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Giro d'Italia

Di Luca suggests possibility of a conspiracy in doping case

Suspended rider Danilo Di Luca said Wednesday that he may have been the victim of a conspiracy after twice testing positive for banned blood booster CERA during this year's Giro d’Italia. Di Luca purportedly finished second in the Italian tour, which he won in 2007, but subsequently returned positive tests for the third-generation of EPO, called a Continuous Erythropoiesis Receptor Activator (CERA), on both May 22 and 28. Di Luca won two stages during the Giro and held the leader's pink jersey for eight days before eventually losing to Rabobank’s Denis Menchov by just 41 seconds.

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Di Luca says he would have to be nuts to take CERA.

Di Luca says he would have to be nuts to take CERA.

Photo: Agence France Presse – file photo

Suspended rider Danilo Di Luca said Wednesday that he may have been the victim of a conspiracy after twice testing positive for banned blood booster CERA during this year’s Giro d’Italia.

Di Luca purportedly finished second in the Italian tour, which he won in 2007, but subsequently returned positive tests for the third-generation of EPO, called a Continuous Erythropoiesis Receptor Activator (CERA), on both May 22 and 28.

Di Luca won two stages during the Giro and held the leader’s pink jersey for eight days before eventually losing to Rabobank’s Denis Menchov by just 41 seconds.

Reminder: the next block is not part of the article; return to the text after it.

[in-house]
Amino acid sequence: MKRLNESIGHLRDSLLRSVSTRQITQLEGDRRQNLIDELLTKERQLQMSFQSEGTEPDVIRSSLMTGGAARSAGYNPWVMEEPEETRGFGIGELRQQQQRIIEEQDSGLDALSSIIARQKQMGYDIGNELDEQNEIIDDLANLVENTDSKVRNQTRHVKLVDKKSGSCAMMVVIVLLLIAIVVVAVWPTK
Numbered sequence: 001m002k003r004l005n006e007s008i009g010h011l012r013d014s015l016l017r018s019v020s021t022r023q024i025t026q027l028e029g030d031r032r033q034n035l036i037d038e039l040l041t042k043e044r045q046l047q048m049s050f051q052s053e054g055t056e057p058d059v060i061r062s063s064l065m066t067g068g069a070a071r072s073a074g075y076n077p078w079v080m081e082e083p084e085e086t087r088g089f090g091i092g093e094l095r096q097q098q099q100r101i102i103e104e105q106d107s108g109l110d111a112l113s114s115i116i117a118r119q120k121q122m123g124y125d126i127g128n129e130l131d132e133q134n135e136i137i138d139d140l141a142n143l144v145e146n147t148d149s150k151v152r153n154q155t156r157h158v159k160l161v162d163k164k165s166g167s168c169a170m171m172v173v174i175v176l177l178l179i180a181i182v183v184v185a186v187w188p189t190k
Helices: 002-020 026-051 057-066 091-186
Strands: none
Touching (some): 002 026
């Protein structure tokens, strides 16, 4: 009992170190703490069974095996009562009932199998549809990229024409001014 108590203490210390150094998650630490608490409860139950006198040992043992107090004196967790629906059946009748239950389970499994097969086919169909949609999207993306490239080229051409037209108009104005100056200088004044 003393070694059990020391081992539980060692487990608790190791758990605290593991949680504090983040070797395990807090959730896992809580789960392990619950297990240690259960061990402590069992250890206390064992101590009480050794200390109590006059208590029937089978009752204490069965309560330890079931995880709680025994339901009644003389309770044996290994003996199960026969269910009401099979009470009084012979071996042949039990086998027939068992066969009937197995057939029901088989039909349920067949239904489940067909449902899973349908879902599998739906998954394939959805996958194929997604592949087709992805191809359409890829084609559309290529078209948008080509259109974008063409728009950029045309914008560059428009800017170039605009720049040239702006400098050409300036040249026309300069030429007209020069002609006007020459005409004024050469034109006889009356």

“I just can’t explain the two positive tests at the Giro. I’m not ruling out a conspiracy, but before I can confirm it I have to be sure,” Di Luca said during his meeting with the Italian Olympic Committee’s (CONI) anti-doping prosecutor.

I just can’t explain the two positive tests at the Giro. I’m not ruling out a conspiracy.Di Luca

The 33-year-old Di Luca was given a one-month extension to his hearing after arguing that he didn’t have all the information he needed to mount a proper defense. He was temporarily suspended on July 22 after the results of his tests were published.

“I said previously that if my B samples confirmed the positive tests I would retire from cycling but now I’ve changed my mind and I am certain I will ride again in the Giro d’Italia,” added Di Luca.

“My lawyers and I have some serious doubts about the method used in the doping tests which have produced positive results,” he said. “These methods have already given false positives and I think that’s the case with me.

“I would have to be completely stupid to have used CERA, especially during the Giro,” said Di Luca. “It stays in the blood and urine for a month. Why would I do that?”

The current matter is not the first doping controversy Di Luca has found himself involved in.

During his winning Giro in 2007, he produced an abnormal dope test and anti-doping prosecutors in Italy requested a two-year ban but he was acquitted due to a lack of evidence.

Di Luca did, however, serve a three month ban last year for his involvement in the ‘oil for drugs’ scandal of 2004 and that could mean that any subsequent suspension would be from eight years to life.